8. Does anything tend to flood, freeze, drip, or catch on fire? Do any of the trees drop anything unpleasant or weird? Are there any animals I should be aware of?

Hopefully nothing regularly catches on fire, but if your store is an area prone to wildfires, you need to know that so you can be ready to deal with it.  Flooding or freezing is much more common in most places, and easier to prepare for.  If you tend to get ice slicks in front of the door or sometimes it floods in a specific areas, you need to know this.  Perhaps that corner of the store is empty for a reason…

Nearby trees may drop… interesting things at some times of year.  Fruit trees are the ones most likely to cause a mess, but other trees may drop large quantities of sticky sap.  Female gingkos drop seed pods that smell of sulfur.  Knowing your tree is going to stink once a year can save lots of aggravation later as you try to determine what died.

Problem animals could be things like wasps tend to build a nest under the eaves every summer or aggressive birds that dive bomb people that get too close to the tree.  Or you may have a neighborhood cat that expects you to feed it.  You may not be able to do something about all these, but you won’t be surprised.  Or can warn customers on your mailing list about the issue.

9. Where is the mailbox? if I have a package delivered, where does UPS, USPS, Fedex, DHL etc usually leave boxes?

In most cases, this is obvious, but for a large building, it may not be.  It may all delivered to a central office.  The previous business owner may have had packages dropped with a neighbor when they aren’t in.  If you don’t know which neighbor has your box, you may be in for a frustrating time figuring out where the drive put it!  Or if there’s an attached garage, shed, etc they may well have left it there and you’ll never find the darn thing!

10. Get a copy of the equipment listed on last year’s Grand List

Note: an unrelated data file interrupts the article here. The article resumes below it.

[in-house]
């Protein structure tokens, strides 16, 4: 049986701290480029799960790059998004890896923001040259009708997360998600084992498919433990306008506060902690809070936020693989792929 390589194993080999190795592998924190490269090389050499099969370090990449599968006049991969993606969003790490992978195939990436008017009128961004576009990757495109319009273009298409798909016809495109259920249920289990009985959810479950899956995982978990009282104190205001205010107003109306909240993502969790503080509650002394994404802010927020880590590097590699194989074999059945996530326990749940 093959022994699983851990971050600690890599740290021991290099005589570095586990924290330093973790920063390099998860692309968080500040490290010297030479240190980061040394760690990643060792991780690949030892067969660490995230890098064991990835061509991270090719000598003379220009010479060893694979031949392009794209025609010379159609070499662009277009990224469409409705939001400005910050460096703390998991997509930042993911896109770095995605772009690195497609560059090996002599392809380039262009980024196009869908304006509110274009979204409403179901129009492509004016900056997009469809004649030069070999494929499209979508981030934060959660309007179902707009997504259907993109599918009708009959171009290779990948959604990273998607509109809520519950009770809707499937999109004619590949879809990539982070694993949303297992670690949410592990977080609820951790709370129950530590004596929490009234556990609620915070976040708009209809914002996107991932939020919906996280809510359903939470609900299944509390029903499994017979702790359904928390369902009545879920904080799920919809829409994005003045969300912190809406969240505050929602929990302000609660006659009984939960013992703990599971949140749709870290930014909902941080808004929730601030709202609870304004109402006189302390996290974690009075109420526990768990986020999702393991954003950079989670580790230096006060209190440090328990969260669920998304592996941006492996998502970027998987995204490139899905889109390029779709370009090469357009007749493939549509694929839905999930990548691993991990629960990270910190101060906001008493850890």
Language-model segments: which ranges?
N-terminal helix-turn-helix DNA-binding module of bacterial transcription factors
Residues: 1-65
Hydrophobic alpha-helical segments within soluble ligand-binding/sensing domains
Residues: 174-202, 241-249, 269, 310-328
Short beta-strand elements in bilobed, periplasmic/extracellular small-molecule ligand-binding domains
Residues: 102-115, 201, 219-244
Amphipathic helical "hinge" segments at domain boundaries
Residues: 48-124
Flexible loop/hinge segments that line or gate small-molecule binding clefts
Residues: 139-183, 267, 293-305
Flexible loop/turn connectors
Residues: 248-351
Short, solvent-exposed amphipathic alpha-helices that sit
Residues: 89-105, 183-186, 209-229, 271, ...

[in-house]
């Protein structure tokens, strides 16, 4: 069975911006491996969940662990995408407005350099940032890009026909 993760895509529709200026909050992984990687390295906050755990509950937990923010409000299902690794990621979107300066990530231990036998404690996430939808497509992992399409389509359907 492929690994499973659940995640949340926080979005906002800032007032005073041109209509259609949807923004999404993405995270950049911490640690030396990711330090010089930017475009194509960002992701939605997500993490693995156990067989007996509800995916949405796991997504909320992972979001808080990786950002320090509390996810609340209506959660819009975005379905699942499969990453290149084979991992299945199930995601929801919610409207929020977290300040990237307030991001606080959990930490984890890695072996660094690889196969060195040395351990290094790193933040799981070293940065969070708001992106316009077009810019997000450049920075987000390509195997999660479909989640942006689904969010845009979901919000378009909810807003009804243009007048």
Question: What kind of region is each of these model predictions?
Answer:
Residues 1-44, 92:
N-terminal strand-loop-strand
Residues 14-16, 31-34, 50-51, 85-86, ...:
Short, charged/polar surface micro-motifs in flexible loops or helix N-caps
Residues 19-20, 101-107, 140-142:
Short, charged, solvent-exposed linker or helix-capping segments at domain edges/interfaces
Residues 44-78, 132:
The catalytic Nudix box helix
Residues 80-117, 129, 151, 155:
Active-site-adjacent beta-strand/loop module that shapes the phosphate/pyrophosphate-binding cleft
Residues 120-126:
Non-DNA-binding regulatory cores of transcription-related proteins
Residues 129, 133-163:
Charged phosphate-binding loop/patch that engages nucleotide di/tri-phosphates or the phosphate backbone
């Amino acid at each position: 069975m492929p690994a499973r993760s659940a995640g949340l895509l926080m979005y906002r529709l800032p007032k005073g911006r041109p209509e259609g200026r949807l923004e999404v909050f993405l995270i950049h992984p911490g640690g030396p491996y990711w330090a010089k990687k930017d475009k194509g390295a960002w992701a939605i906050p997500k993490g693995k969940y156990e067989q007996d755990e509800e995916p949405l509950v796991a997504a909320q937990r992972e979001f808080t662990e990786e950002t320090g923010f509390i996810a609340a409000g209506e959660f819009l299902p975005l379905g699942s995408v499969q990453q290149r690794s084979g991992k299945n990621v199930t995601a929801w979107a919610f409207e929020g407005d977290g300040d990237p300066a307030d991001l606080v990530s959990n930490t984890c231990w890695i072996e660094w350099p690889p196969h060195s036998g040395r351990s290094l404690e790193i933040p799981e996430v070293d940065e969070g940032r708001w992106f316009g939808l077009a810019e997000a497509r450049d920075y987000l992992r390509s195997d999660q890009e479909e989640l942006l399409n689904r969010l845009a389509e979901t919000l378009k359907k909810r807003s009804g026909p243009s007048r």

The policy here at least is that you can’t get a copy of the detailed property list from the tax assessor, only the previous owner can give you this.  You need that list of equipment and when it was bought and for how much to properly list it on your property taxes for depreciation. Otherwise you’ll be writing “see return from year XXXX” on the Grand List for a loooong time.  And you may have trouble disputing an assessment if you don’t know what the original value of some of the equipment was listed as.

And be sure to write some of this down! Some of it may not come up very often and if it’s 3 years before you need to find all the plugs again, you may have forgotten by then.  Write it down and tuck it in a file somewhere.  It’ll save you lots of aggravation.

1 thought on “10 things to ask when you've already bought the store”

  1. Good questions – but having made the mistake of buying another fellow’s bookstore ONCE about 18 years ago – the biggest question is – Unless the price is nearer $1.00 than $10,000.00 why in the world would anyone buy a book business created by anyone else and leave it in the existing location?

    Even using my own business with four stores producing remarkable and growing volumes of business, operating in high visibility locations for various periods between 2 1/2 to 15 years as examples;

    We have already alienated enough customers to supply a good customer base for a startup store – and they are never going to come through the doors of any of our existing establishments again under any circumstances – so they are lost forever.

    And the people who love us absolutely adore us and appreciate everything we stand for and everything we are doing to expand and grow into our vision of the future of the books business. It will take an extremely special group of individuals working at the utmost of their capacity to comfort and not alienate that customer base.

    So my advice would be to work in the store in question with the previous owner to gain some semblance of acceptance, then operate it yourself for six months or so while establishing a much improved store in a high visibility location – send the existing customers to the new location so you don’t lose as many of them as you otherwise will – and then dream your biggest dream and work your butt off for the rest of your life to make your dream come true.

    Don’t settle – ever!